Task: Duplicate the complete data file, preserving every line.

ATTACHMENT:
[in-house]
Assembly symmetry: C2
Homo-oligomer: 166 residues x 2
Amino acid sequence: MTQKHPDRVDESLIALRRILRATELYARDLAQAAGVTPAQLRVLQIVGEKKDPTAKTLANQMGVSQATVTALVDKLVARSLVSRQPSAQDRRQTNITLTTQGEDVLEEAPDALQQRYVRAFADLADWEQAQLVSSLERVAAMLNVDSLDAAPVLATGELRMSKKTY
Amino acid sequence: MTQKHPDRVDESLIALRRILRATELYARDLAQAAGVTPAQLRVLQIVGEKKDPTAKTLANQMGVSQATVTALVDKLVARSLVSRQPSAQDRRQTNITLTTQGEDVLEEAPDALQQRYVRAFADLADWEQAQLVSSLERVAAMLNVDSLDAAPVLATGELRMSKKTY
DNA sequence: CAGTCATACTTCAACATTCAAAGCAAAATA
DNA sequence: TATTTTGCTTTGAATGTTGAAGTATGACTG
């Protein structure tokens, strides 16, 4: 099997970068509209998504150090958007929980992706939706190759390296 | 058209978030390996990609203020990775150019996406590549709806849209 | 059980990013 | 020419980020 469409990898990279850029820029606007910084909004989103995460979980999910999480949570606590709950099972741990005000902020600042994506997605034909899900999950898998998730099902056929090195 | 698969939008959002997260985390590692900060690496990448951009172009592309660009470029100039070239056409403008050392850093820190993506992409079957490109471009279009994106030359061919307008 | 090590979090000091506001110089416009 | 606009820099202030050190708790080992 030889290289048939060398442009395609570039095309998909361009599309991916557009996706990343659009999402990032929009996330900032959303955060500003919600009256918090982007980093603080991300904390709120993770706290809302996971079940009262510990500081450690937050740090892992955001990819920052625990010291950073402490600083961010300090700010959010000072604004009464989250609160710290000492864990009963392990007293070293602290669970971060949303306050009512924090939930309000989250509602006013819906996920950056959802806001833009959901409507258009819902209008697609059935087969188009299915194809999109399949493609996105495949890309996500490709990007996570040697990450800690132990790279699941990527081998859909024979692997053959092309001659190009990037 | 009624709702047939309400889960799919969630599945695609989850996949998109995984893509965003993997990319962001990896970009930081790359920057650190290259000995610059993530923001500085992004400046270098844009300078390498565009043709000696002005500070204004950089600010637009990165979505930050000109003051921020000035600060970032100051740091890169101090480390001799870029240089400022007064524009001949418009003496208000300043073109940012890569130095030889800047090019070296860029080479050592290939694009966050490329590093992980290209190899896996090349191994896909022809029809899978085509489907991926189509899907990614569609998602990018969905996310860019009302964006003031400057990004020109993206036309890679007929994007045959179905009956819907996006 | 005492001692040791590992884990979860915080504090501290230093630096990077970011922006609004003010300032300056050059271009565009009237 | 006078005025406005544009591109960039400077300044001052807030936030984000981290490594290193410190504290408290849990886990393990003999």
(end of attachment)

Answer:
[in-house]
Assembly symmetry: C2
Homo-oligomer: 166 residues x 2
Amino acid sequence: MTQKHPDRVDESLIALRRILRATELYARDLAQAAGVTPAQLRVLQIVGEKKDPTAKTLANQMGVSQATVTALVDKLVARSLVSRQPSAQDRRQTNITLTTQGEDVLEEAPDALQQRYVRAFADLADWEQAQLVSSLERVAAMLNVDSLDAAPVLATGELRMSKKTY
Amino acid sequence: MTQKHPDRVDESLIALRRILRATELYARDLAQAAGVTPAQLRVLQIVGEKKDPTAKTLANQMGVSQATVTALVDKLVARSLVSRQPSAQDRRQTNITLTTQGEDVLEEAPDALQQRYVRAFADLADWEQAQLVSSLERVAAMLNVDSLDAAPVLATGELRMSKKTY
DNA sequence: CAGTCATACTTCAACATTCAAAGCAAAATA
DNA sequence: TATTTTGCTTTGAATGTTGAAGTATGACTG
């Protein structure tokens, strides 16, 4: 099997970068509209998504150090958007929980992706939706190759390296 | 058209978030390996990609203020990775150019996406590549709806849209 | 059980990013 | 020419980020 469409990898990279850029820029606007910084909004989103995460979980999910999480949570606590709950099972741990005000902020600042994506997605034909899900999950898998998730099902056929090195 | 698969939008959002997260985390590692900060690496990448951009172009592309660009470029100039070239056409403008050392850093820190993506992409079957490109471009279009994106030359061919307008 | 090590979090000091506001110089416009 | 606009820099202030050190708790080992 030889290289048939060398442009395609570039095309998909361009599309991916557009996706990343659009999402990032929009996330900032959303955060500003919600009256918090982007980093603080991300904390709120993770706290809302996971079940009262510990500081450690937050740090892992955001990819920052625990010291950073402490600083961010300090700010959010000072604004009464989250609160710290000492864990009963392990007293070293602290669970971060949303306050009512924090939930309000989250509602006013819906996920950056959802806001833009959901409507258009819902209008697609059935087969188009299915194809999109399949493609996105495949890309996500490709990007996570040697990450800690132990790279699941990527081998859909024979692997053959092309001659190009990037 | 009624709702047939309400889960799919969630599945695609989850996949998109995984893509965003993997990319962001990896970009930081790359920057650190290259000995610059993530923001500085992004400046270098844009300078390498565009043709000696002005500070204004950089600010637009990165979505930050000109003051921020000035600060970032100051740091890169101090480390001799870029240089400022007064524009001949418009003496208000300043073109940012890569130095030889800047090019070296860029080479050592290939694009966050490329590093992980290209190899896996090349191994896909022809029809899978085509489907991926189509899907990614569609998602990018969905996310860019009302964006003031400057990004020109993206036309890679007929994007045959179905009956819907996006 | 005492001692040791590992884990979860915080504090501290230093630096990077970011922006609004003010300032300056050059271009565009009237 | 006078005025406005544009591109960039400077300044001052807030936030984000981290490594290193410190504290408290849990886990393990003999």